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Thursday, August 2, 2012

Moon Of Alabama

I recently finished reading Bertolt Brecht’s play “The Rise And Fall of the City of Mahagonny”, a stunning musical play about a man-made paradise of debauchery. Although the play takes place in the Gulf Coast it more likely brings to mind the sleaze of Las Vegas, highly predictive of Sin City since this great play was written in the late Twenties.

In this play four working stiffs from Alaska travel to a bed of sin called Mahagonny (note the word "Agony"). The boys blow all their dough, much debauchery ensues, culminating in the death of JJ Smith by overeating, Alaskawolf Joe by a fatal KO in the ring, and Jimmy Gallagher's sentence to death by electrocution for being broke, his hard-earned pay bankrupted by drink, gambling and women in Mah-agonny. Gallagher's death sentence for the sin of being flat broke seems more relevant today than ever.

First performed in 1930, Mahagonny was the drama world quivalent to Igor Stravinsky's "Rites of Spring", prompting boos, fist fights, riots et al at its initial performance. Dark and raunchy for its time, it brought a new experience to musical theatre that was probably the most radical thing theatergoers had ever seen.

The popular line of opinion is that Mahagonny is Brecht’s anti-capitalist concepts at work in that it shows a society so completely intoxicated by greed that it ultimately comes undone and destroys itself in a blizzard of excess. I think that the excess of alcoholism, gambling and womanizing are common traits that ruin anyone regardless of class affiliation.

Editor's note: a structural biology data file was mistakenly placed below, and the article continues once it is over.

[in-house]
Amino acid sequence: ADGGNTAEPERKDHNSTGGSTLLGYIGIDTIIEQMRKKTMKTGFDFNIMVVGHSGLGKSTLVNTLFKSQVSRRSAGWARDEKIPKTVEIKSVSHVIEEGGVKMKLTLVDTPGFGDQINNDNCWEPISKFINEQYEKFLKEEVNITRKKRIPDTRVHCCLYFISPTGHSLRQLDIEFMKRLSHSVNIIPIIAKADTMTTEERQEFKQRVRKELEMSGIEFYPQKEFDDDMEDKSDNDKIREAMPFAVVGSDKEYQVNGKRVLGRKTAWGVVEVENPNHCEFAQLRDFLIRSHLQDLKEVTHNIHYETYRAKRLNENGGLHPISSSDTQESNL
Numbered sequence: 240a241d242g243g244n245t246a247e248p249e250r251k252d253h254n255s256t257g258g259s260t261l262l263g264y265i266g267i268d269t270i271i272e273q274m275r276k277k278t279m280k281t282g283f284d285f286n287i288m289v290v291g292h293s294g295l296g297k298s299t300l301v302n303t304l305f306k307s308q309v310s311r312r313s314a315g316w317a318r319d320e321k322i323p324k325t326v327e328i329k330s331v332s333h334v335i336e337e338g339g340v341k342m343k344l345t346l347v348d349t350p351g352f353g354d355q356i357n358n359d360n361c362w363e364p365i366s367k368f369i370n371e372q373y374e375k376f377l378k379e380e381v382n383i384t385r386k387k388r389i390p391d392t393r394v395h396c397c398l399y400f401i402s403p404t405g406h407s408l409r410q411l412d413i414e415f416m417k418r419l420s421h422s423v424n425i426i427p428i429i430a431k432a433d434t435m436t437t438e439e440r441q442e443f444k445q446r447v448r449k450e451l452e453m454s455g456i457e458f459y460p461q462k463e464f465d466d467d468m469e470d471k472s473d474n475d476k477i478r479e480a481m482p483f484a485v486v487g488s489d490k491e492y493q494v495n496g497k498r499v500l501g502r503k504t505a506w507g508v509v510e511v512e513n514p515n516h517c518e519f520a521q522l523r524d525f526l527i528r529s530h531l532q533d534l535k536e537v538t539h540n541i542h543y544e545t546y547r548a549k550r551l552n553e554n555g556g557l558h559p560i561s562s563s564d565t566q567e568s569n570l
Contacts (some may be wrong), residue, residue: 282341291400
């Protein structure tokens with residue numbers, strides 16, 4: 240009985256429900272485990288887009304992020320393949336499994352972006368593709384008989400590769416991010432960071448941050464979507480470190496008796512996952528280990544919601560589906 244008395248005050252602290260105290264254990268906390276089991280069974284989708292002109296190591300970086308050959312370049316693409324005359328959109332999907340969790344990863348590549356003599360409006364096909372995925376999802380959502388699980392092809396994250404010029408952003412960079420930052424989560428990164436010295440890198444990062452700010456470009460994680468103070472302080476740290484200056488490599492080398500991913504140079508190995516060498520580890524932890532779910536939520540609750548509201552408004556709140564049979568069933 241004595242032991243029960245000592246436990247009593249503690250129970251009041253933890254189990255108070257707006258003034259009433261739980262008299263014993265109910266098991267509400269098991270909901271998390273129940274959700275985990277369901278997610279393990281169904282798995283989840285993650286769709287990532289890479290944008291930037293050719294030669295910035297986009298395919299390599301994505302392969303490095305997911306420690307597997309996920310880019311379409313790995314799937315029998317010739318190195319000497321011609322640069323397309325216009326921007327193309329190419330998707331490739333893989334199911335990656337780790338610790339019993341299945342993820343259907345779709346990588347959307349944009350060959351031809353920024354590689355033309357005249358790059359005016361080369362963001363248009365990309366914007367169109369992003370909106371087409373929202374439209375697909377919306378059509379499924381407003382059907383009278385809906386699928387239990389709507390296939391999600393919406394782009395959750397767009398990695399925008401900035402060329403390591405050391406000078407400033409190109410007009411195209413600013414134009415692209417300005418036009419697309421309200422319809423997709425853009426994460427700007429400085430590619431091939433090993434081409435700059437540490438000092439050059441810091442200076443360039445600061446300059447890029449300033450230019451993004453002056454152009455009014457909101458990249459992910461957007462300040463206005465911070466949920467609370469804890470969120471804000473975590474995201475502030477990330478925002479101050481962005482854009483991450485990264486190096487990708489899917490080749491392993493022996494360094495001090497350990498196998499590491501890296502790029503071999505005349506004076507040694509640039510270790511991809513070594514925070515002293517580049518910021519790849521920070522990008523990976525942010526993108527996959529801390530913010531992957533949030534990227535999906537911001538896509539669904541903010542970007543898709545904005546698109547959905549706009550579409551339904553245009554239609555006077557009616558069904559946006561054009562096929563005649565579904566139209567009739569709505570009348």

As shown in the videos depicted here you can see that the German production is far more explicit in its views of decadence, shown in a highly theatrical cabaret style, as opposed to the American version, which is more traditional in its pretensions towards standard theatre. The production differences between the German vs. American version almost looks like two entirely different plays!

Pictured above is the Audra McDonald version of “Moon of Alabama”, also known as “The Alabama Song” or “Whiskey Bar”. Two other versions of the Kurt Weill melody are included here, one a duet from Nina Hagen and Meret Becker and the other from an Italian production featuring Valentina Valente. While the song isn’t particularly phenomenal, the differences in style all four singers take still represents the story well. The song is performed towards the beginning of the opera when Jenny and the prostitutes arrive in Mahagonny to work all the marks in town.

The influence of “The Rise and Fall of Mahagonny” is far reaching, and can be found in works as diverse as Tom Waits, Randy Newman, The Doors, David Bowie (who covered "Albama Song"), Slapp Happy and even Lars Von Trier's film "Dogville". While the “Threepenny Opera” is Brecht and Weill's most infamous opera, “The Rise and Fall of Mahagonny” is the piece that changed modern opera forever.

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